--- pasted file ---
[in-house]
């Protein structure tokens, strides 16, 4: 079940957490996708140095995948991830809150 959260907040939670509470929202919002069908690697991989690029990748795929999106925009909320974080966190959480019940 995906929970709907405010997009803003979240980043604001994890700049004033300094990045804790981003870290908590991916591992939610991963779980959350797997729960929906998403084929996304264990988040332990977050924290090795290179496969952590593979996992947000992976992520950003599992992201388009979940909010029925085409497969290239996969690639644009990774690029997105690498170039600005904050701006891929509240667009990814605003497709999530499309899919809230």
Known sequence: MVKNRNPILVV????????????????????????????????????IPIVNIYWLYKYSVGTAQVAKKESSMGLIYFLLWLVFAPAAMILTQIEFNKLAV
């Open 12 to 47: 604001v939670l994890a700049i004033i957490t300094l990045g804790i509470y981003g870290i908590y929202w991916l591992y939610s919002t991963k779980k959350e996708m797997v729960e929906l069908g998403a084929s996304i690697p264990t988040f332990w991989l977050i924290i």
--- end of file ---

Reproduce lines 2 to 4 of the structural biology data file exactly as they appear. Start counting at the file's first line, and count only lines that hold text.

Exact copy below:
């Protein structure tokens, strides 16, 4: 079940957490996708140095995948991830809150 959260907040939670509470929202919002069908690697991989690029990748795929999106925009909320974080966190959480019940 995906929970709907405010997009803003979240980043604001994890700049004033300094990045804790981003870290908590991916591992939610991963779980959350797997729960929906998403084929996304264990988040332990977050924290090795290179496969952590593979996992947000992976992520950003599992992201388009979940909010029925085409497969290239996969690639644009990774690029997105690498170039600005904050701006891929509240667009990814605003497709999530499309899919809230």
Known sequence: MVKNRNPILVV????????????????????????????????????IPIVNIYWLYKYSVGTAQVAKKESSMGLIYFLLWLVFAPAAMILTQIEFNKLAV
């Open 12 to 47: 604001v939670l994890a700049i004033i957490t300094l990045g804790i509470y981003g870290i908590y929202w991916l591992y939610s919002t991963k779980k959350e996708m797997v729960e929906l069908g998403a084929s996304i690697p264990t988040f332990w991989l977050i924290i």